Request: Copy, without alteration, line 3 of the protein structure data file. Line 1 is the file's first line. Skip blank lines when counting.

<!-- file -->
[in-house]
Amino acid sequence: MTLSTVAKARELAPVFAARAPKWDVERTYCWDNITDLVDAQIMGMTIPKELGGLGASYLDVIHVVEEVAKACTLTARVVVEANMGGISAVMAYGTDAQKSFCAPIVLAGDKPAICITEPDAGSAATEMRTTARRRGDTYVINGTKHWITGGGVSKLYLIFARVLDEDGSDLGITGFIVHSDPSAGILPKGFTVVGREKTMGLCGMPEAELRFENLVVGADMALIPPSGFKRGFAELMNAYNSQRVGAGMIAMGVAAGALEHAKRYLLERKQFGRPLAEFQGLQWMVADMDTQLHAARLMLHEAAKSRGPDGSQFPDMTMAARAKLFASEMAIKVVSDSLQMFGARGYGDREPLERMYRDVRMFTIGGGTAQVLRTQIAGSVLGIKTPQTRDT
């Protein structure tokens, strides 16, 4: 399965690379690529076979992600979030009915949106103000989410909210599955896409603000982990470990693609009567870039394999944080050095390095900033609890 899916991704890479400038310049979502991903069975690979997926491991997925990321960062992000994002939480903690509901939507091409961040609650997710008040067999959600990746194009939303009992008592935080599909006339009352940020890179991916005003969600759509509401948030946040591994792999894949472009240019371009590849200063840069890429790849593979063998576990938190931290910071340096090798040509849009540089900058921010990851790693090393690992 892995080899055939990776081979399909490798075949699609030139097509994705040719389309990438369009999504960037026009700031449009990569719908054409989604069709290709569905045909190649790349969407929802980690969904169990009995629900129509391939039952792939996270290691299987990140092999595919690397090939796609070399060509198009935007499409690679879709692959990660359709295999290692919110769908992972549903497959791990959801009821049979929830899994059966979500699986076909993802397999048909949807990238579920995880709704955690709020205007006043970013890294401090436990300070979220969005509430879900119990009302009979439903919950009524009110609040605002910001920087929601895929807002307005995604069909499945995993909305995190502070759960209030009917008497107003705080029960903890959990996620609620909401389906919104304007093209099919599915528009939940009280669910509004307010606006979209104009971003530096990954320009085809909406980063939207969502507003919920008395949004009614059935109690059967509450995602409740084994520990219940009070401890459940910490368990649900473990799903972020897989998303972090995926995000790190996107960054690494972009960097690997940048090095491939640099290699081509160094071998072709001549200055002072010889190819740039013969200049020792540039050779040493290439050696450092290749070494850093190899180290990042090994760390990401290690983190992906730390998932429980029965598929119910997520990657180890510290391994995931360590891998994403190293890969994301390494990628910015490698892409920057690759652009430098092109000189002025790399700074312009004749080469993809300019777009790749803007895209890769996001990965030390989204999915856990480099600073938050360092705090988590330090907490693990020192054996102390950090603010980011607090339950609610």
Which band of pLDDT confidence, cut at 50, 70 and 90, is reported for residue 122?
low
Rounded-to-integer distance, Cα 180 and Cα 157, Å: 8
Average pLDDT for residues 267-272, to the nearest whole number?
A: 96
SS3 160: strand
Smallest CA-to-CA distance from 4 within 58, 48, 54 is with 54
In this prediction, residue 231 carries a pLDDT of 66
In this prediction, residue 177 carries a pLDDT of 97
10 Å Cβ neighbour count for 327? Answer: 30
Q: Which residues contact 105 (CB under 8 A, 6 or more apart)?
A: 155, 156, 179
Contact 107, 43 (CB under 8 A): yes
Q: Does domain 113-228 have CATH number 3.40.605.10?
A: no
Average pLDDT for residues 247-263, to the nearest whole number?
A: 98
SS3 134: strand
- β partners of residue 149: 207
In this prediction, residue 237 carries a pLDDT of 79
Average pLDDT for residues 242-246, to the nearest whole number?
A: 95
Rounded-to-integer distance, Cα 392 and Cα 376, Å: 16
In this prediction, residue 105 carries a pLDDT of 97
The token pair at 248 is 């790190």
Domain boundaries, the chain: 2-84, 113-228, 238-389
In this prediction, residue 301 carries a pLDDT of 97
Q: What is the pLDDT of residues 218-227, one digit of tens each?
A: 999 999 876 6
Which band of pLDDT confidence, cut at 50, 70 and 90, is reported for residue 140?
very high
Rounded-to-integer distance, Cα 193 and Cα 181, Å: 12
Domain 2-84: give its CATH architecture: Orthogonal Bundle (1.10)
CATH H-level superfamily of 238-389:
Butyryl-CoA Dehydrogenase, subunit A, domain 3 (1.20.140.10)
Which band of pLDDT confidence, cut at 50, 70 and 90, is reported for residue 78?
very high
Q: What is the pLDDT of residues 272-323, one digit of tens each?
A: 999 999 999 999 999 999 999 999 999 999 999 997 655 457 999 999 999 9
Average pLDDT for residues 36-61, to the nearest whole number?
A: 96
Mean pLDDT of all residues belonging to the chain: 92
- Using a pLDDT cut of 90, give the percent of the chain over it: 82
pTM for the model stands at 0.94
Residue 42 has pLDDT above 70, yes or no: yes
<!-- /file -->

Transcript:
């Protein structure tokens, strides 16, 4: 399965690379690529076979992600979030009915949106103000989410909210599955896409603000982990470990693609009567870039394999944080050095390095900033609890 899916991704890479400038310049979502991903069975690979997926491991997925990321960062992000994002939480903690509901939507091409961040609650997710008040067999959600990746194009939303009992008592935080599909006339009352940020890179991916005003969600759509509401948030946040591994792999894949472009240019371009590849200063840069890429790849593979063998576990938190931290910071340096090798040509849009540089900058921010990851790693090393690992 892995080899055939990776081979399909490798075949699609030139097509994705040719389309990438369009999504960037026009700031449009990569719908054409989604069709290709569905045909190649790349969407929802980690969904169990009995629900129509391939039952792939996270290691299987990140092999595919690397090939796609070399060509198009935007499409690679879709692959990660359709295999290692919110769908992972549903497959791990959801009821049979929830899994059966979500699986076909993802397999048909949807990238579920995880709704955690709020205007006043970013890294401090436990300070979220969005509430879900119990009302009979439903919950009524009110609040605002910001920087929601895929807002307005995604069909499945995993909305995190502070759960209030009917008497107003705080029960903890959990996620609620909401389906919104304007093209099919599915528009939940009280669910509004307010606006979209104009971003530096990954320009085809909406980063939207969502507003919920008395949004009614059935109690059967509450995602409740084994520990219940009070401890459940910490368990649900473990799903972020897989998303972090995926995000790190996107960054690494972009960097690997940048090095491939640099290699081509160094071998072709001549200055002072010889190819740039013969200049020792540039050779040493290439050696450092290749070494850093190899180290990042090994760390990401290690983190992906730390998932429980029965598929119910997520990657180890510290391994995931360590891998994403190293890969994301390494990628910015490698892409920057690759652009430098092109000189002025790399700074312009004749080469993809300019777009790749803007895209890769996001990965030390989204999915856990480099600073938050360092705090988590330090907490693990020192054996102390950090603010980011607090339950609610």